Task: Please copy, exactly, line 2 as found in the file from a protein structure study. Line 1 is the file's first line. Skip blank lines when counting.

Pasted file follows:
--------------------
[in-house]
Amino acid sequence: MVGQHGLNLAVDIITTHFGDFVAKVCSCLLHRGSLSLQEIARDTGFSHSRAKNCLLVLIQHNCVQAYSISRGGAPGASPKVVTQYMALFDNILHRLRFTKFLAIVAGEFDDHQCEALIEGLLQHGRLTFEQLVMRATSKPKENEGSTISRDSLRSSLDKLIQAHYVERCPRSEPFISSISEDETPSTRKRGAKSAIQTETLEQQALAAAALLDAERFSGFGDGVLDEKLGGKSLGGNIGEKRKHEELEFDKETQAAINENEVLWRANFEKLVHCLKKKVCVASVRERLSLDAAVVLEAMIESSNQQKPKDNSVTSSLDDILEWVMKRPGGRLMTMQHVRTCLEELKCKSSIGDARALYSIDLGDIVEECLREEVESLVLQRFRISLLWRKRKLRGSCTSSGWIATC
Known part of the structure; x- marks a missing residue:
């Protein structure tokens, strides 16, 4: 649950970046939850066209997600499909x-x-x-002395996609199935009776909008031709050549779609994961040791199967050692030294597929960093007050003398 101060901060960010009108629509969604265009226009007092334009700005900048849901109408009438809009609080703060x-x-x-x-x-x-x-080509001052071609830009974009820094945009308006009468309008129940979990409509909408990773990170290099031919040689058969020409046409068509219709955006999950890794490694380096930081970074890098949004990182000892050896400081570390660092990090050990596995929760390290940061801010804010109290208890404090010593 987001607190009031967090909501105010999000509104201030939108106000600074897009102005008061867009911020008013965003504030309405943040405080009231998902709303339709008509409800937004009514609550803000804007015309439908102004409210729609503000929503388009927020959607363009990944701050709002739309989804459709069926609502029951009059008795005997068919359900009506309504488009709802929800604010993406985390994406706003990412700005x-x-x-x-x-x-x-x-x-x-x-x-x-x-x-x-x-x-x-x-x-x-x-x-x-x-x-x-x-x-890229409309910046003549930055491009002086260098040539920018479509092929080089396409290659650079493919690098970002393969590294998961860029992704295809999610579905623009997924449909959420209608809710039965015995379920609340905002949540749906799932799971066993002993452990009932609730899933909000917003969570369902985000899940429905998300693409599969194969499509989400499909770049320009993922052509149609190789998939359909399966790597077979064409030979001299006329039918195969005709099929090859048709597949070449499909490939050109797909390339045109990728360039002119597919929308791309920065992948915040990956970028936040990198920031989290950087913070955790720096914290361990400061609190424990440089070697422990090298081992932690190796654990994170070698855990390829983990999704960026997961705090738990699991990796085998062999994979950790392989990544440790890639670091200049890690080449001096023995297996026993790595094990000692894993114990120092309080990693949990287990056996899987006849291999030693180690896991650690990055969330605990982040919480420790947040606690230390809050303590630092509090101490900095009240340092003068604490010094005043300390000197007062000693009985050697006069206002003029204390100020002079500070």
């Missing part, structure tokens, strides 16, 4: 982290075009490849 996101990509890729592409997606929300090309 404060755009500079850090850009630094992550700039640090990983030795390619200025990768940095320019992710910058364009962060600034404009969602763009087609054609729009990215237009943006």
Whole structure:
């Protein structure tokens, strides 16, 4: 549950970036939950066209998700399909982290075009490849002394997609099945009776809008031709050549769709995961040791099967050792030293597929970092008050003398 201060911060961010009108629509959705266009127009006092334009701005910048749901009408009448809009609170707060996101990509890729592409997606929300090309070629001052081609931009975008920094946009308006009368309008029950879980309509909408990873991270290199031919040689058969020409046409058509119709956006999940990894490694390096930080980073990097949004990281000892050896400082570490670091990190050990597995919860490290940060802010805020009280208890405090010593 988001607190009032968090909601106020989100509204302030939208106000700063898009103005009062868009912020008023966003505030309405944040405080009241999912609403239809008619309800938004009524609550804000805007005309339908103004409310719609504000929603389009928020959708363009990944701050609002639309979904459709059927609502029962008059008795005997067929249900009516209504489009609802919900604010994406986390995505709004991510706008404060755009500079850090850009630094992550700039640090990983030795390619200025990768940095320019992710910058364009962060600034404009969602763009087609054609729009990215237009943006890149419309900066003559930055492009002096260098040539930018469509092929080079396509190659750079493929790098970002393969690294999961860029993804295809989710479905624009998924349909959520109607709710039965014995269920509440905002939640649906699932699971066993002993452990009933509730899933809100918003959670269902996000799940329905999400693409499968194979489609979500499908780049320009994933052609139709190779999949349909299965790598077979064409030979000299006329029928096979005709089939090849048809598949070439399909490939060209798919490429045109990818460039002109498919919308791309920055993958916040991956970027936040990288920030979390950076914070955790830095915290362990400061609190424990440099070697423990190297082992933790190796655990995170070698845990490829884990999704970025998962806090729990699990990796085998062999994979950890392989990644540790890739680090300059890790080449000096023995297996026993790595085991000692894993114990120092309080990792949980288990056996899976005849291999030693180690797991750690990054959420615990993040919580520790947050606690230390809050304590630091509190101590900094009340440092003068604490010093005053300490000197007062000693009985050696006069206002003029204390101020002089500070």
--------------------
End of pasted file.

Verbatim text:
Amino acid sequence: MVGQHGLNLAVDIITTHFGDFVAKVCSCLLHRGSLSLQEIARDTGFSHSRAKNCLLVLIQHNCVQAYSISRGGAPGASPKVVTQYMALFDNILHRLRFTKFLAIVAGEFDDHQCEALIEGLLQHGRLTFEQLVMRATSKPKENEGSTISRDSLRSSLDKLIQAHYVERCPRSEPFISSISEDETPSTRKRGAKSAIQTETLEQQALAAAALLDAERFSGFGDGVLDEKLGGKSLGGNIGEKRKHEELEFDKETQAAINENEVLWRANFEKLVHCLKKKVCVASVRERLSLDAAVVLEAMIESSNQQKPKDNSVTSSLDDILEWVMKRPGGRLMTMQHVRTCLEELKCKSSIGDARALYSIDLGDIVEECLREEVESLVLQRFRISLLWRKRKLRGSCTSSGWIATC